Foreigners abducted by Taliban fighters in eastern Afghanistan have been moved to a “safe area” inside the country and are well, a spokesman for the militants said Tuesday.
The group of 11 foreigners, including Eight Turks, a Russian, a Kyrgyz man and an Afghan, were seized after their helicopter made a forced landing on Sunday.
“They have been moved to a safe area, they have no health problem and they are fine. They are inside Afghanistan,” spokesman Zabihullah Mujahid told AFP news agency by phone and from an undisclosed location.
Asked what would happen to the group, he said: “The Taliban leadership will decide.”
The Mi-8 helicopter carrying Turkish road engineers landed in Azra district of Logar province south of Kabul, a hotbed of Taliban activity.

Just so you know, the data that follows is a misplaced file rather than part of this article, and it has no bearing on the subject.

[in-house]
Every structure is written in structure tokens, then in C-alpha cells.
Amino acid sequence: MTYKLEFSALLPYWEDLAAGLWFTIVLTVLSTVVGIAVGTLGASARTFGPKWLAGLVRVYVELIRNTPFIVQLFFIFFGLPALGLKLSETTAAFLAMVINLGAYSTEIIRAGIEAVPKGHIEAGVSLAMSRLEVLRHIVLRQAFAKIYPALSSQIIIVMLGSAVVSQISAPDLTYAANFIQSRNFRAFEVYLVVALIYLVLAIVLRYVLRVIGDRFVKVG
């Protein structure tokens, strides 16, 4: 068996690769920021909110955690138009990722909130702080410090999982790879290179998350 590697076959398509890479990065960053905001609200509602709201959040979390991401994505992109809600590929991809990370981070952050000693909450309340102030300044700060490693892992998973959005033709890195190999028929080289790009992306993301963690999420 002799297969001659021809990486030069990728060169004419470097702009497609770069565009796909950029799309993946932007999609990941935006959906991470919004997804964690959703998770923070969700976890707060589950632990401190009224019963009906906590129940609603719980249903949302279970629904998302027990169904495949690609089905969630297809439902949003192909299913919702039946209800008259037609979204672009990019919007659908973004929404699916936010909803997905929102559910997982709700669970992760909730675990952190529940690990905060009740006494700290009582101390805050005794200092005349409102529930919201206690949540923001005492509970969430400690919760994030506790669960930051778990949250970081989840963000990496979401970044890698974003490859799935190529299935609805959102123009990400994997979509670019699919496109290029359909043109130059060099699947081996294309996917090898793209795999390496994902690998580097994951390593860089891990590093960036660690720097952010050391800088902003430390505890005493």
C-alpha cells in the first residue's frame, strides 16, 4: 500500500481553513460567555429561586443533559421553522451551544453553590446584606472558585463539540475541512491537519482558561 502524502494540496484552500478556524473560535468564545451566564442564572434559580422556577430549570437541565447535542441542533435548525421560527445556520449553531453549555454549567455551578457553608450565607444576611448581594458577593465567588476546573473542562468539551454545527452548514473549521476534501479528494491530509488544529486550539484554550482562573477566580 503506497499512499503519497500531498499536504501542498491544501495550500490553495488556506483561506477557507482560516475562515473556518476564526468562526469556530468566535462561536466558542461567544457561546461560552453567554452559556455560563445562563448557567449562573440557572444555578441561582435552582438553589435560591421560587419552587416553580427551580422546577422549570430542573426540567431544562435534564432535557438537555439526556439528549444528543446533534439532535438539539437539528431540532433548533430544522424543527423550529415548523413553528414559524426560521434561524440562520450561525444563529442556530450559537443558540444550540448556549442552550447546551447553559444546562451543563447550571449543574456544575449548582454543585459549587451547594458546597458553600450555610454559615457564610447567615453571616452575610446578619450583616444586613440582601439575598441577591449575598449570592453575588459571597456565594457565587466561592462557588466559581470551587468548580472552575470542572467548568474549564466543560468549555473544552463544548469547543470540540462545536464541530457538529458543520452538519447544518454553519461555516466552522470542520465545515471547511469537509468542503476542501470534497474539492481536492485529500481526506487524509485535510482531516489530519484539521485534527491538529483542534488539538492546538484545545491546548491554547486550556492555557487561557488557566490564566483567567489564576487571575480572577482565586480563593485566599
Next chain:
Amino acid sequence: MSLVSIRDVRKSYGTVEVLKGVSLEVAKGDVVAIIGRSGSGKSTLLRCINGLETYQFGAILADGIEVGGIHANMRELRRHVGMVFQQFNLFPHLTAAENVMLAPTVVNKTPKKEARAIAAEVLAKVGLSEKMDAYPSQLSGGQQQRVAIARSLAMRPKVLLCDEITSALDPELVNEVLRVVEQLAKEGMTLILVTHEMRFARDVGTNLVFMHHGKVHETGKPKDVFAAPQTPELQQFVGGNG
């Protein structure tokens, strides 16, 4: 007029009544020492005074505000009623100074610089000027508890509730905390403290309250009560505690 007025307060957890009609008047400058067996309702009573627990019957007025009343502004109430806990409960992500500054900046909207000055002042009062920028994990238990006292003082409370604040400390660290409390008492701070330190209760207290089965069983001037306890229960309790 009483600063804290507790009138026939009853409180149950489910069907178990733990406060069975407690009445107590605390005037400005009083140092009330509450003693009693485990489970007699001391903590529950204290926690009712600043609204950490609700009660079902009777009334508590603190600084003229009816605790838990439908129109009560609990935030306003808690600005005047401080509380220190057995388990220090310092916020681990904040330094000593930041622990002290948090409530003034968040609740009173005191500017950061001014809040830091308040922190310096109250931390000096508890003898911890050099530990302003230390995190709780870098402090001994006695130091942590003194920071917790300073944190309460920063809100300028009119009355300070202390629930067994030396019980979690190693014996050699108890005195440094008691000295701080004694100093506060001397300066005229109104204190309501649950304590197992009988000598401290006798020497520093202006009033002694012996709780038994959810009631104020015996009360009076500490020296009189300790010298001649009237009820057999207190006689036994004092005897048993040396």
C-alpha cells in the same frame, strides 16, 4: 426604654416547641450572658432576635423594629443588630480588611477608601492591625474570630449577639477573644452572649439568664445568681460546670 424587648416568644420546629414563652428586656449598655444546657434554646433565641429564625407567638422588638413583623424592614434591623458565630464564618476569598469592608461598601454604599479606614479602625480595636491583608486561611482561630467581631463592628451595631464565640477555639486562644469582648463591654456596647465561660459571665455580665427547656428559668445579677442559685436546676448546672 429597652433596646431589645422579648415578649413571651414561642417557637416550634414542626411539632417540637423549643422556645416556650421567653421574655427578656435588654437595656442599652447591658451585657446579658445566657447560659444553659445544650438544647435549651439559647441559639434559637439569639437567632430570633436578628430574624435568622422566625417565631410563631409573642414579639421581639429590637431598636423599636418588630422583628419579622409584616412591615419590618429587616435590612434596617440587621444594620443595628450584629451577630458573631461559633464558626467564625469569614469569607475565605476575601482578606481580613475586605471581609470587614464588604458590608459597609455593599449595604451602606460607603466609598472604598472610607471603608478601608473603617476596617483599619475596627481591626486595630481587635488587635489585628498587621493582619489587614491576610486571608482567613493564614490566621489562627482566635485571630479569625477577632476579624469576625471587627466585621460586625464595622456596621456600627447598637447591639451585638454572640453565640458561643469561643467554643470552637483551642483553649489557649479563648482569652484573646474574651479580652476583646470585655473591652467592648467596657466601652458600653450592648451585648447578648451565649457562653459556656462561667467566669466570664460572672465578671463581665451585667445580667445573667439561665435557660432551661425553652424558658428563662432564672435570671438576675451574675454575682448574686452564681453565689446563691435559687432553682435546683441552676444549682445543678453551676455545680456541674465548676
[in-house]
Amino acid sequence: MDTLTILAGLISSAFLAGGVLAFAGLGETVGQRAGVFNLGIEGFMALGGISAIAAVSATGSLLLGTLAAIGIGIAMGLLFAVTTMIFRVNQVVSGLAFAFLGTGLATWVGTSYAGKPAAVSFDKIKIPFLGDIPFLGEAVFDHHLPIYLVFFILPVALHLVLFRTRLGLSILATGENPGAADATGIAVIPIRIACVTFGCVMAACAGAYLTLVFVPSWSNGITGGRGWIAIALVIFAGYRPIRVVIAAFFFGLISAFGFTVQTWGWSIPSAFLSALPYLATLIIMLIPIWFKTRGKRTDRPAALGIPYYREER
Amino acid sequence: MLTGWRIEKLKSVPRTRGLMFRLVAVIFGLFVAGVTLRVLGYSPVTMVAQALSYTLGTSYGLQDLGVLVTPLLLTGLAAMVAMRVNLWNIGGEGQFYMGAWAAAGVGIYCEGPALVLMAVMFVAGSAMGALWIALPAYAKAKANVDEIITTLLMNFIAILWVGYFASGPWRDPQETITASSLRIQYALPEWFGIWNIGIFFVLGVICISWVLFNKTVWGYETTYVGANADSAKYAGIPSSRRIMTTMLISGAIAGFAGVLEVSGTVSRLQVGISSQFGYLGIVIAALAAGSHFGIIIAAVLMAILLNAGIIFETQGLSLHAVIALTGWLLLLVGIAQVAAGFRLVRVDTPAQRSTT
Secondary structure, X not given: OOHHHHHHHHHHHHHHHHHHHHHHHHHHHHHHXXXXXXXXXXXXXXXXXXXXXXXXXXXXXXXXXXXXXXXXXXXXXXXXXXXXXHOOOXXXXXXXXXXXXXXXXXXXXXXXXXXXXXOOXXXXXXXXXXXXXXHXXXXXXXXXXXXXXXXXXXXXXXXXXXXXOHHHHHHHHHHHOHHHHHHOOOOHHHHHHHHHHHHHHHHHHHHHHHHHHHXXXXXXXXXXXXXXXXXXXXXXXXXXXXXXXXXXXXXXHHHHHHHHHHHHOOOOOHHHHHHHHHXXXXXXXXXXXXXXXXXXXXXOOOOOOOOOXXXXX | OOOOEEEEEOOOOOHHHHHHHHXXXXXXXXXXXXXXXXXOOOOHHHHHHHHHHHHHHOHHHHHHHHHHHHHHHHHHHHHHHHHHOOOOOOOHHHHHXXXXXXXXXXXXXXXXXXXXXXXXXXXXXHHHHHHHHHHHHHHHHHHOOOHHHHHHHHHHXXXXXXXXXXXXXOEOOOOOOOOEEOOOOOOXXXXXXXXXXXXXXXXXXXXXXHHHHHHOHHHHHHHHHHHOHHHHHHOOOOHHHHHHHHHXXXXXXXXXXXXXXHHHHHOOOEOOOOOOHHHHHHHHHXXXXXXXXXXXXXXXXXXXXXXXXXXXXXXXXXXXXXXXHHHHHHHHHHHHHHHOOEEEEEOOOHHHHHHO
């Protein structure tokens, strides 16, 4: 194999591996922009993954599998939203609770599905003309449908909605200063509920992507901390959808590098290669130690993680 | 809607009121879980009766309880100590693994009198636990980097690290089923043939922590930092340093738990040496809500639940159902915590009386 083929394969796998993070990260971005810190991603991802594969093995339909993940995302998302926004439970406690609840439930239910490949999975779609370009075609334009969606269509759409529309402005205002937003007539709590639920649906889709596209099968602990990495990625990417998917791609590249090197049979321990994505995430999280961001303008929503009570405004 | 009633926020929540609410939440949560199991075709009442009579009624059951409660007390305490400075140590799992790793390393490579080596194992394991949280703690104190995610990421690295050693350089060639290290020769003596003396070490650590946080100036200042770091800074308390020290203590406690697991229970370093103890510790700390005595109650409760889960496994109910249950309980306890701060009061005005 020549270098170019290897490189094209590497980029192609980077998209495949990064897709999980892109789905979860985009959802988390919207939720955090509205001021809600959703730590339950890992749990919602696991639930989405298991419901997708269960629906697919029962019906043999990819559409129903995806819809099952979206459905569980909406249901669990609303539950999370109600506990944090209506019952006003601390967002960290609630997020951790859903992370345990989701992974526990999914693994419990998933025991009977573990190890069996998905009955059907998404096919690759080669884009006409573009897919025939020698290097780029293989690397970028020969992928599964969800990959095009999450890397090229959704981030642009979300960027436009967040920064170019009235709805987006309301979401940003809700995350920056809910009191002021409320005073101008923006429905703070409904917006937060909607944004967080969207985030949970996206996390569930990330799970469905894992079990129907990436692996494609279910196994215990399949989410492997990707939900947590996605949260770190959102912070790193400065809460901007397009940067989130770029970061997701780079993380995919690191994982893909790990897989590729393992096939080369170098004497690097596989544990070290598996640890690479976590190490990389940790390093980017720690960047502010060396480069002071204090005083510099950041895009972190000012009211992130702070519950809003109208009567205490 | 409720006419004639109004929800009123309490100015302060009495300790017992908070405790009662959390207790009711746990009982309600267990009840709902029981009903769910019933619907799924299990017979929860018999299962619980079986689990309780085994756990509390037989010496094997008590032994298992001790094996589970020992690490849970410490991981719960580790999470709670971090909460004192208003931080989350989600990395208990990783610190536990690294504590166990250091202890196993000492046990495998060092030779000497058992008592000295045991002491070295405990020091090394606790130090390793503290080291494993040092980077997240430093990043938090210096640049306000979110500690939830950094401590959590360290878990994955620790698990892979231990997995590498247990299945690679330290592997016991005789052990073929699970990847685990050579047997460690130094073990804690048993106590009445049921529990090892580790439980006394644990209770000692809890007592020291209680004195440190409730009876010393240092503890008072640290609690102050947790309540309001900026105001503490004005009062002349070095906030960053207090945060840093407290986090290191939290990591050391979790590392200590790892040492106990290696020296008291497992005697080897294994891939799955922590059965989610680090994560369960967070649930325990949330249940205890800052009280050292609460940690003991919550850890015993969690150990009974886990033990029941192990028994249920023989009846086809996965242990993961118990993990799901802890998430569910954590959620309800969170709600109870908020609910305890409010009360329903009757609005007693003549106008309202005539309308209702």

The Taliban on Monday claimed that nine of the group were Americans and two were Afghan interpreters, but appeared Tuesday to back away from that assertion.
“We are still receiving information but initial information obtained from our mujahedeen (holy warriors) said that they were American,” the spokesman said. “We will have to wait for more information.”
Turkey confirmed on Monday that eight of its nationals were abducted by Taliban insurgents in Afghanistan after their helicopter made an emergency landing and said it was holding “intensive talks” with Kabul.
“The Turkish embassy is holding intensive talks with Afghan authorities to find out their whereabouts,” a foreign ministry diplomat told AFP. He said there was no information about their well-being.